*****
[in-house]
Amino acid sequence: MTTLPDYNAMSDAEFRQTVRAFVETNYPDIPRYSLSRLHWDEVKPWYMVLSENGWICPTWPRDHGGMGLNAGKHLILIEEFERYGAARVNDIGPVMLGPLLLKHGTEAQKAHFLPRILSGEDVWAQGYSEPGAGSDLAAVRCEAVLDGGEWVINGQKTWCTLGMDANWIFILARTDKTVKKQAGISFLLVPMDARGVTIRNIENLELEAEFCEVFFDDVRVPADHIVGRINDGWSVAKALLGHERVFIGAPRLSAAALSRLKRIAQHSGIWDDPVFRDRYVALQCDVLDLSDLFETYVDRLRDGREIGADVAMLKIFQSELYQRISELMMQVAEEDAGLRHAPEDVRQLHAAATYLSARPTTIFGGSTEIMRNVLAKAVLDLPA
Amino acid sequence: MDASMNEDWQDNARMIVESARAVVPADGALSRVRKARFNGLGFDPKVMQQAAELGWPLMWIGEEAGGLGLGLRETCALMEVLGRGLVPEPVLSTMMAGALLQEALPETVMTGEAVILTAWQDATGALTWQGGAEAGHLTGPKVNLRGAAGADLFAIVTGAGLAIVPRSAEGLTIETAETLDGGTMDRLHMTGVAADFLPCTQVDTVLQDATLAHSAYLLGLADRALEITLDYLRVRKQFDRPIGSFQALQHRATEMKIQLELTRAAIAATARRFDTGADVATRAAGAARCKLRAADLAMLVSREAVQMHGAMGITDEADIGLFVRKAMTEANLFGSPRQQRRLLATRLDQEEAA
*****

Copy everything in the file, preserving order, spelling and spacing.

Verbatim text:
[in-house]
Amino acid sequence: MTTLPDYNAMSDAEFRQTVRAFVETNYPDIPRYSLSRLHWDEVKPWYMVLSENGWICPTWPRDHGGMGLNAGKHLILIEEFERYGAARVNDIGPVMLGPLLLKHGTEAQKAHFLPRILSGEDVWAQGYSEPGAGSDLAAVRCEAVLDGGEWVINGQKTWCTLGMDANWIFILARTDKTVKKQAGISFLLVPMDARGVTIRNIENLELEAEFCEVFFDDVRVPADHIVGRINDGWSVAKALLGHERVFIGAPRLSAAALSRLKRIAQHSGIWDDPVFRDRYVALQCDVLDLSDLFETYVDRLRDGREIGADVAMLKIFQSELYQRISELMMQVAEEDAGLRHAPEDVRQLHAAATYLSARPTTIFGGSTEIMRNVLAKAVLDLPA
Amino acid sequence: MDASMNEDWQDNARMIVESARAVVPADGALSRVRKARFNGLGFDPKVMQQAAELGWPLMWIGEEAGGLGLGLRETCALMEVLGRGLVPEPVLSTMMAGALLQEALPETVMTGEAVILTAWQDATGALTWQGGAEAGHLTGPKVNLRGAAGADLFAIVTGAGLAIVPRSAEGLTIETAETLDGGTMDRLHMTGVAADFLPCTQVDTVLQDATLAHSAYLLGLADRALEITLDYLRVRKQFDRPIGSFQALQHRATEMKIQLELTRAAIAATARRFDTGADVATRAAGAARCKLRAADLAMLVSREAVQMHGAMGITDEADIGLFVRKAMTEANLFGSPRQQRRLLATRLDQEEAA